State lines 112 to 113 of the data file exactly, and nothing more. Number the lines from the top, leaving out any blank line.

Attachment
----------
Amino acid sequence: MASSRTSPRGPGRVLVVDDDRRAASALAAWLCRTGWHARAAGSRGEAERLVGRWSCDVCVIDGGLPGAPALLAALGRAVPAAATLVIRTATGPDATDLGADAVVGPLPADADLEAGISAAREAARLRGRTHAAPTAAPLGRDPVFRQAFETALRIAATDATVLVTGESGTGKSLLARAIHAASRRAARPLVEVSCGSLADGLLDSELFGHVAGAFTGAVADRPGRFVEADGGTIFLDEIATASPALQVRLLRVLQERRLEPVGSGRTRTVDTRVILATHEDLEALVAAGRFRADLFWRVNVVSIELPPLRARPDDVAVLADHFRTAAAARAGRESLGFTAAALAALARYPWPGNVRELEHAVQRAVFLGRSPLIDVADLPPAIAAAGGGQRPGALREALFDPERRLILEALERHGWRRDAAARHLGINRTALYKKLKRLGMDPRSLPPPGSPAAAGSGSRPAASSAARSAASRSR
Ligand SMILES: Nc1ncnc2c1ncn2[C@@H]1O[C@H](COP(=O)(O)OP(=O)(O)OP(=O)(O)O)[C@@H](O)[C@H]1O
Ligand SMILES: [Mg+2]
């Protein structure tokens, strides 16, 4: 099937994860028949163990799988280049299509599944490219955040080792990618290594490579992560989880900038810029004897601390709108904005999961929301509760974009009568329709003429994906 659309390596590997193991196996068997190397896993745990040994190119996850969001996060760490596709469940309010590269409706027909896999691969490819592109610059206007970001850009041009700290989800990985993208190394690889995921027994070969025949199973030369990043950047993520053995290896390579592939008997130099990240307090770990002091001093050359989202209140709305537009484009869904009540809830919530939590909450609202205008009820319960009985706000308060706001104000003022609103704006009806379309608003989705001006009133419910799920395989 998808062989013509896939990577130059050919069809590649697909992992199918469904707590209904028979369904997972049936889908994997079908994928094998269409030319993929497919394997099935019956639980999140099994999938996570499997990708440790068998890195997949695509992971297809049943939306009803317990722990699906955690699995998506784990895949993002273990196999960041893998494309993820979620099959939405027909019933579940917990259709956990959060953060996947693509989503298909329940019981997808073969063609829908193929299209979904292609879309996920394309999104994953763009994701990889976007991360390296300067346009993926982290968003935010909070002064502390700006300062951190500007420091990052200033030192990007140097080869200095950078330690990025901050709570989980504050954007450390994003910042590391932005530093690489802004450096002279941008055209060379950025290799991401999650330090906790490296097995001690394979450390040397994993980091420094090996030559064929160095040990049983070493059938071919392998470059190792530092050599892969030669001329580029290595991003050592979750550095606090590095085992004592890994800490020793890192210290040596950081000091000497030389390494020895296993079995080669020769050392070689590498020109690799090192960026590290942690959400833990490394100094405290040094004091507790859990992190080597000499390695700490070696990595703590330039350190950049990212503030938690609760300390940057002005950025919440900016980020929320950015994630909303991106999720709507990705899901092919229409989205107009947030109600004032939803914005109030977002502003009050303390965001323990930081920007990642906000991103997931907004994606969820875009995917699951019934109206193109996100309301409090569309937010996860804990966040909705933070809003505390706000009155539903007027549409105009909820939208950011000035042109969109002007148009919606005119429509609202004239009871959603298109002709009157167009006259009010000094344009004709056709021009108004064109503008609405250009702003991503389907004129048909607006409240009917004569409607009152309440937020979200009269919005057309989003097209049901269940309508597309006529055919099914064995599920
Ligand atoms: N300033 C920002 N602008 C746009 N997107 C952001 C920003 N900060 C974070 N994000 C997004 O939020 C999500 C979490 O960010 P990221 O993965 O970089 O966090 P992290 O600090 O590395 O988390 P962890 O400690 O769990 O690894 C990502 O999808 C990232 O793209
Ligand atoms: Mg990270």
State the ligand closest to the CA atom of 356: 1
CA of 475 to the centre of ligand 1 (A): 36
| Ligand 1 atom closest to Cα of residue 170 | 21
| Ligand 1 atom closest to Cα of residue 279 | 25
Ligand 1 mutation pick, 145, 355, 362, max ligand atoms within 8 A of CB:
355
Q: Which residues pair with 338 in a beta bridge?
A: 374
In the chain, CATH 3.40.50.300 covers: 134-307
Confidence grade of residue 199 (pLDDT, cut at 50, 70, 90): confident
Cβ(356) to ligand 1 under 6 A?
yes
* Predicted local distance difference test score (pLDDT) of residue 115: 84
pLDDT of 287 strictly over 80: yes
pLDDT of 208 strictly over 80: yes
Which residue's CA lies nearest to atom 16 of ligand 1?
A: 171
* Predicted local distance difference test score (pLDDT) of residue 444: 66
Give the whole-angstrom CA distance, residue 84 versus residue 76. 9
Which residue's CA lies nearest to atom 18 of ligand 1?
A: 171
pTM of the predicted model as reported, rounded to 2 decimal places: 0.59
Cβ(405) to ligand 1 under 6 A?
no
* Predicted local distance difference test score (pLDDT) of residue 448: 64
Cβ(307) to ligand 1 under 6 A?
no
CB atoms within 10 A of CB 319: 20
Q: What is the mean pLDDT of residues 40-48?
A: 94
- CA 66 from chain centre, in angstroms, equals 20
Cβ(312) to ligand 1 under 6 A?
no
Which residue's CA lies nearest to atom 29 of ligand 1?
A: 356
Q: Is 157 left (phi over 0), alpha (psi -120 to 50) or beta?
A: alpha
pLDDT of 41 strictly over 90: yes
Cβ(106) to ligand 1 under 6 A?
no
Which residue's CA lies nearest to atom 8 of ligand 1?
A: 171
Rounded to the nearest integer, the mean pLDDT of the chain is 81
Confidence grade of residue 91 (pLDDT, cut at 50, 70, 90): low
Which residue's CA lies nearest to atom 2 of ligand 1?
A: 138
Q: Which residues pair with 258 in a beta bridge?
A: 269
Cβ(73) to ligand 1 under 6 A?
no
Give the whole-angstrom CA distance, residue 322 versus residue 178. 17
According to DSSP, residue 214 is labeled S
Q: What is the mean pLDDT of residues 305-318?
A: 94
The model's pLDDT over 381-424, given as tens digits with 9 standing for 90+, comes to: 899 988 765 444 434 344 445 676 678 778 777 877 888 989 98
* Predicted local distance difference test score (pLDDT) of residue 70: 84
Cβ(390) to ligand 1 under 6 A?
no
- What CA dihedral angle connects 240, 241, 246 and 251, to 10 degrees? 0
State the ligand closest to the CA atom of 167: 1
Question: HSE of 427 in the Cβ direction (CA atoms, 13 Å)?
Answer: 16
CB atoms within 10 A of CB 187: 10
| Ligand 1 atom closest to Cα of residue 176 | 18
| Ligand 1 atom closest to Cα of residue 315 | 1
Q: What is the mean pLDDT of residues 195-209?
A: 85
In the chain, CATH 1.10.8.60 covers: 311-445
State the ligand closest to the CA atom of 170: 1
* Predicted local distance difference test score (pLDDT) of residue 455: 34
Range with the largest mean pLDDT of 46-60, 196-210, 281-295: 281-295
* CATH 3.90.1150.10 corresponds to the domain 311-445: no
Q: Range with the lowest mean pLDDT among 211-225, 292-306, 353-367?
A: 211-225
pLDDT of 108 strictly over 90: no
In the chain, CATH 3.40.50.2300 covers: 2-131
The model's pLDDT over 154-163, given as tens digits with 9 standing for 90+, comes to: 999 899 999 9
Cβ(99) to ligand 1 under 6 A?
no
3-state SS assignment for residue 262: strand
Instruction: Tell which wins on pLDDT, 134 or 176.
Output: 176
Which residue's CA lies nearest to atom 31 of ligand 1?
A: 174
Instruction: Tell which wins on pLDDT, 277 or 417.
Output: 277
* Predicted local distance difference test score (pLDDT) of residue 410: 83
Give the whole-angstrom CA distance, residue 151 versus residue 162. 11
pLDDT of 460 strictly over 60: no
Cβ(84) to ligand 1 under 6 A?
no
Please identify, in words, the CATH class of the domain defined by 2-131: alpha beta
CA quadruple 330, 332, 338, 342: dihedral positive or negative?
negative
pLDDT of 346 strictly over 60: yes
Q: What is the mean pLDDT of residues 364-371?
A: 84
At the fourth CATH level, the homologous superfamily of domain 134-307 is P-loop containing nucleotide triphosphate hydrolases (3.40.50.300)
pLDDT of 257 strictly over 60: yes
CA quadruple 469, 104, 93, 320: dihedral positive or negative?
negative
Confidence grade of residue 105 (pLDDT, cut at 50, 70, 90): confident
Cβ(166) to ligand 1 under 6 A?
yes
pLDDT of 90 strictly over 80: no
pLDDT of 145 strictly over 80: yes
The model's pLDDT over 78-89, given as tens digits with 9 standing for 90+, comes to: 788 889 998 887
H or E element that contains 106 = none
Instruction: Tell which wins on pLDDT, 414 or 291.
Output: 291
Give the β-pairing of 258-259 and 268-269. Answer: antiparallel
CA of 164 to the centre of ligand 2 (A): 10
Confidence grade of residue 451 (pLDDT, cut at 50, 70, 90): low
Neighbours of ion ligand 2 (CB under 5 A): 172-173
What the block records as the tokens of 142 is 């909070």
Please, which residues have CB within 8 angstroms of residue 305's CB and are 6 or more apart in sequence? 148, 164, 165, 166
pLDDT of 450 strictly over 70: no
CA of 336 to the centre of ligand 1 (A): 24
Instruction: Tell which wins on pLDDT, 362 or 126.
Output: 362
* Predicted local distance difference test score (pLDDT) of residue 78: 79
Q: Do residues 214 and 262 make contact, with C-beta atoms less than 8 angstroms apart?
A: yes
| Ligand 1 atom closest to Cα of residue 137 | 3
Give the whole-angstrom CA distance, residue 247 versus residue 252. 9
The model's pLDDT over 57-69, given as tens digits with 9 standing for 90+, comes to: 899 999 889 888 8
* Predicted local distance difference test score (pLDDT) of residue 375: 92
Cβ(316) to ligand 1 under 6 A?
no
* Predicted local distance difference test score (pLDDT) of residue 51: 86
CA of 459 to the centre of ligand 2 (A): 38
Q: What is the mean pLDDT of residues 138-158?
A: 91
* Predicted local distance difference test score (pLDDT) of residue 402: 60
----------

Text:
pLDDT of 145 strictly over 80: yes
The model's pLDDT over 78-89, given as tens digits with 9 standing for 90+, comes to: 788 889 998 887